Internet programming threats here to stay

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Internet programming threats here to stay

Abundance of custom code turn online apps into attractive target.

The proliferation of online applications and services is exposing users to a new onslaught of security vulnerabilities that will be much harder to plug that those in traditional applications.

Online applications can suffer from a slew of vulnerabilities that allow attackers to steal confidential data from a server or the computer of a user that contacts the service. The most prevalent examples of such attacks are cross site scripting (XSS) and SQL injection.

Hackers in a SQL injection attack send instructions to a database for a bank or store by entering commands into online forms. In a cross site scripting attack, they submit JavaScript or other code to a website such as Gmail, Myspace or Digg. The code is then executed on the computer of each individual who visits the site.

The main problem lies in the large amount of custom code that is used to construct these applications, said Caleb Sima, chief technology officer and co-founder for Spi Dynamics, a company specializing security for web applications. 

Software vendors traditionally repair security vulnerabilities by issuing a patch to all their users. A single Windows or OS X update within days will protect millions of users. But website operators will have to manually detect and plug each vulnerability in their web application.

"Microsoft can't come out with something that says: This will solve all SQL injections," Sima told in an interview at the RSA Security conference in San Francisco.

Sima claimed that the company has a 99 per cent success rate at breaching the security of its client's online applications.

"It's not the technology that is the problem. It’s the implementation of the technology that is causing the security issues. People just take it an implement it without knowing what they are really doing."

Attacks against internet applications can be prevented if applications validate the code that is entered in an online forms. This ensures that attackeres can't insert commands such as single quotes and other strings that the database interprets as a command. But this too is a mostly a manual task.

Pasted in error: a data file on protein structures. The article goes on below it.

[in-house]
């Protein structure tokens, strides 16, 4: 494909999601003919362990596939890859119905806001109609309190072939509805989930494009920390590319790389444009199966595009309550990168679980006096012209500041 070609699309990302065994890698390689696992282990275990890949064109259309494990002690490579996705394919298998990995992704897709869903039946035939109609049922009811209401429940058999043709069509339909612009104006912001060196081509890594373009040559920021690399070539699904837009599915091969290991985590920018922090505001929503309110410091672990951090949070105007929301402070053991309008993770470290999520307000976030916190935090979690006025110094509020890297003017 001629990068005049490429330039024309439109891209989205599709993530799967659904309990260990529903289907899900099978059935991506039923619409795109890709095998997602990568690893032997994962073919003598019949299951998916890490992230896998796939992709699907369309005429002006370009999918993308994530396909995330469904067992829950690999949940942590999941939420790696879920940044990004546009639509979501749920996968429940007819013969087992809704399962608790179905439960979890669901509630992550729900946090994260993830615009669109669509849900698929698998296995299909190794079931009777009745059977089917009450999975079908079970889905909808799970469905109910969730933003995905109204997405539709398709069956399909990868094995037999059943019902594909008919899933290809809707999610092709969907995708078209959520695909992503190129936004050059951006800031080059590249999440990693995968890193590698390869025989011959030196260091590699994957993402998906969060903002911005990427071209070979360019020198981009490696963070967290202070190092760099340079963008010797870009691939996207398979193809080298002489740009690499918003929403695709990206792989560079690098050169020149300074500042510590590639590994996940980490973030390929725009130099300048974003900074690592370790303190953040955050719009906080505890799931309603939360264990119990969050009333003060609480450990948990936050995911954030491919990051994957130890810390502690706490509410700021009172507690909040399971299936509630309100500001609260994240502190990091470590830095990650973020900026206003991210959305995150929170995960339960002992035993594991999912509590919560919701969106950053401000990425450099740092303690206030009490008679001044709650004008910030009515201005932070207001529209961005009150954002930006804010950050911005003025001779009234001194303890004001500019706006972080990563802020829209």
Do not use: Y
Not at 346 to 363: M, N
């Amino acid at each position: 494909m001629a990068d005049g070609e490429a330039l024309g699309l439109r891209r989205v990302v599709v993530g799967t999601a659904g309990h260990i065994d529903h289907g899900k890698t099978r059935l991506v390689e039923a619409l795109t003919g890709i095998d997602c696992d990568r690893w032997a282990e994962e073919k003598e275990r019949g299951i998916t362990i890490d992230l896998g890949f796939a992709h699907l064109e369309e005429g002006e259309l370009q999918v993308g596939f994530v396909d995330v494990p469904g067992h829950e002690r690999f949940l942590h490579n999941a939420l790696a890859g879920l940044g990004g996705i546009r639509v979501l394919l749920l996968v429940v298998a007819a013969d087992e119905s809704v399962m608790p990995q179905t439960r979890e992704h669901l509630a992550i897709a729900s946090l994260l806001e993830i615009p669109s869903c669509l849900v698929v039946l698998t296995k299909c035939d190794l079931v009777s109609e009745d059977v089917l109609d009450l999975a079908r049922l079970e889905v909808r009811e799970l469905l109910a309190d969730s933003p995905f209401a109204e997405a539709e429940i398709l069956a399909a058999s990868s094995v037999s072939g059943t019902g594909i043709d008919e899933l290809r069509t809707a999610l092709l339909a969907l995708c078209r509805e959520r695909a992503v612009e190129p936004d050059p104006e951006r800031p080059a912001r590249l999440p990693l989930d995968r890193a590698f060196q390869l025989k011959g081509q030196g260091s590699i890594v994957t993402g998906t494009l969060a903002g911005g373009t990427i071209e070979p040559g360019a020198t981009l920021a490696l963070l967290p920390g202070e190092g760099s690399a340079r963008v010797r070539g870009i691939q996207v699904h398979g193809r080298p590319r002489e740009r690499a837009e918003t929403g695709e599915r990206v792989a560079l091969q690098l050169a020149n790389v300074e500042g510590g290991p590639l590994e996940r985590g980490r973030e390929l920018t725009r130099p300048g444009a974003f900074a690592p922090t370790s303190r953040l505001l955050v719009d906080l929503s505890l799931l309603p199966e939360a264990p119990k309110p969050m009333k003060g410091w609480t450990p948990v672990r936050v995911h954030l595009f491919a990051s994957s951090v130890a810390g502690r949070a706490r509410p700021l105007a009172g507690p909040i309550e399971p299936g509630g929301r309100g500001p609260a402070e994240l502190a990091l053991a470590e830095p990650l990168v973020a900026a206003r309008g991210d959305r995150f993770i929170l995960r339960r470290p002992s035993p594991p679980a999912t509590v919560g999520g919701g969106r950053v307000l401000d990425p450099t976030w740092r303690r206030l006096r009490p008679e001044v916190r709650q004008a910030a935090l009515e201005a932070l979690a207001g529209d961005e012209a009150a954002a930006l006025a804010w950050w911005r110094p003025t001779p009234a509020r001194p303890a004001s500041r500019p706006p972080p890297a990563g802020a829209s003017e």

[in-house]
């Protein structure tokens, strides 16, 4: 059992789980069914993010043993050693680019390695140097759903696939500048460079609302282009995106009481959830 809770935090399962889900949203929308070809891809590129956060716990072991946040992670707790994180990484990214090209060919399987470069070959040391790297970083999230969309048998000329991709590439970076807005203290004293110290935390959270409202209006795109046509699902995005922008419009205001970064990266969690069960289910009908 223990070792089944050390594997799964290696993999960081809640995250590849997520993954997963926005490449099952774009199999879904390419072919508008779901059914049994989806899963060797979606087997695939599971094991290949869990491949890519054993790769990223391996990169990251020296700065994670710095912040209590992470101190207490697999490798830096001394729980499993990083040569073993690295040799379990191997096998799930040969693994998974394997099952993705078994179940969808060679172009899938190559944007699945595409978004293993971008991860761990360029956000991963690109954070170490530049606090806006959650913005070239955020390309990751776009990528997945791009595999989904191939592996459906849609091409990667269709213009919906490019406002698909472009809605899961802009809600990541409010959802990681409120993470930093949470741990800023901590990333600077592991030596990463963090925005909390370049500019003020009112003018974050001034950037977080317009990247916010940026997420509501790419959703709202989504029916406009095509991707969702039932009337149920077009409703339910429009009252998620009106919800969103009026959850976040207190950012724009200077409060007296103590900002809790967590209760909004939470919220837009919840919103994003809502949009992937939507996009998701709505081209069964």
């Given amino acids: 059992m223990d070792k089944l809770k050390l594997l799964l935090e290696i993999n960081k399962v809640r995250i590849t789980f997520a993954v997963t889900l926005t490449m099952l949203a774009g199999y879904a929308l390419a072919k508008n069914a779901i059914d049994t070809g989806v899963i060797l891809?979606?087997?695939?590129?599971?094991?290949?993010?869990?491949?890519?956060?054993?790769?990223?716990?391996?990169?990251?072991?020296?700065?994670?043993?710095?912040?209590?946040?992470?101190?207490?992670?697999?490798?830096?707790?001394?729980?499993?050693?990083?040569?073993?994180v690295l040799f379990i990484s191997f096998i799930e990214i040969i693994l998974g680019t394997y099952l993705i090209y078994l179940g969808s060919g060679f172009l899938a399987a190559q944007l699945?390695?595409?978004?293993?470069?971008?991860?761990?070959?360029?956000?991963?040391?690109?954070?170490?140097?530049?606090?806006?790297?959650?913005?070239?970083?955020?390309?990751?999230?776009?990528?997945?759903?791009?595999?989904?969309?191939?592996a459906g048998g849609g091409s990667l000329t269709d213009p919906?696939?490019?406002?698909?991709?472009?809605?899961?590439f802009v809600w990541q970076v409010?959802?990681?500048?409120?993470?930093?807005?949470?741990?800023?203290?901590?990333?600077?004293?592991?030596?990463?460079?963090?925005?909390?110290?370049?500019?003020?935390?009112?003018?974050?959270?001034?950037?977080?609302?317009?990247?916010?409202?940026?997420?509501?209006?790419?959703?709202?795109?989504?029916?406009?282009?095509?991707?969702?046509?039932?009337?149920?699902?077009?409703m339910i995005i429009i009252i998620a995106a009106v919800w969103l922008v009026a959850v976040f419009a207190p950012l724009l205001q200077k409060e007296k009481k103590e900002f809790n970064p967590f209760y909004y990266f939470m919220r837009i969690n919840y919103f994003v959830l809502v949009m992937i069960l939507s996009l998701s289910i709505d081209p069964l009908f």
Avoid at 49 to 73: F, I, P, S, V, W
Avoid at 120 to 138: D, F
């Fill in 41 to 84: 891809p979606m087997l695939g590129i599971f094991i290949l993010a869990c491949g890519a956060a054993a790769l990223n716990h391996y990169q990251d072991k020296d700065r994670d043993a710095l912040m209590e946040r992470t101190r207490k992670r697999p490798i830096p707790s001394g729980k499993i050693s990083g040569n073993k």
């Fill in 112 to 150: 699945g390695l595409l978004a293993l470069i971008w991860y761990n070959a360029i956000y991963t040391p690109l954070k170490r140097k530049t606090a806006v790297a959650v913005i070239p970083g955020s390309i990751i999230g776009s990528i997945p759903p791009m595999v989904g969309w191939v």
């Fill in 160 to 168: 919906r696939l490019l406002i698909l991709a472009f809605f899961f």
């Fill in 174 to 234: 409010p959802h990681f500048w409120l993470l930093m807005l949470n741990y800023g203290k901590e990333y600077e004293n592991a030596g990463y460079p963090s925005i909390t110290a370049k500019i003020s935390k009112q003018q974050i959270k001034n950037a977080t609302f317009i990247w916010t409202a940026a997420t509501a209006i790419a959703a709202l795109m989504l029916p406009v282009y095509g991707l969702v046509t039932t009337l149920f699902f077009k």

Development frameworks such as Google's Web Toolkit, the open source Dojo project or Microsoft's ASP.Net Ajax 1.0 suite can provide some solace because they provide some pre-built code that performs custom functions. Some tools also offer code scanning features that warn developers when they leave common vulnerabilities in their code, but they won't prevent all SQL injection or XSS vulnerabilities.

The code for the online software is all hosted on a company server, allowing developers to provide users with new features as soon as they have developed the code. This leads to pressure from marketing and sales to quickly release new versions without first undergoing the proper security checks.

Sima isn't entirely pessimistic however. He noted that IT executives are starting to pay more attention to the security of online applications.

But he also warned that attackers are bound to turn their attention to new technologies that are user in online applications such as the XML Path Language that is used to access portions of an XML document. This could include the customer database or other confidential information.

"Because webservices are more widely used, we will see a lot more of the web applications be vulnerable to Xpath injection by the end of this year," Sima predicted.
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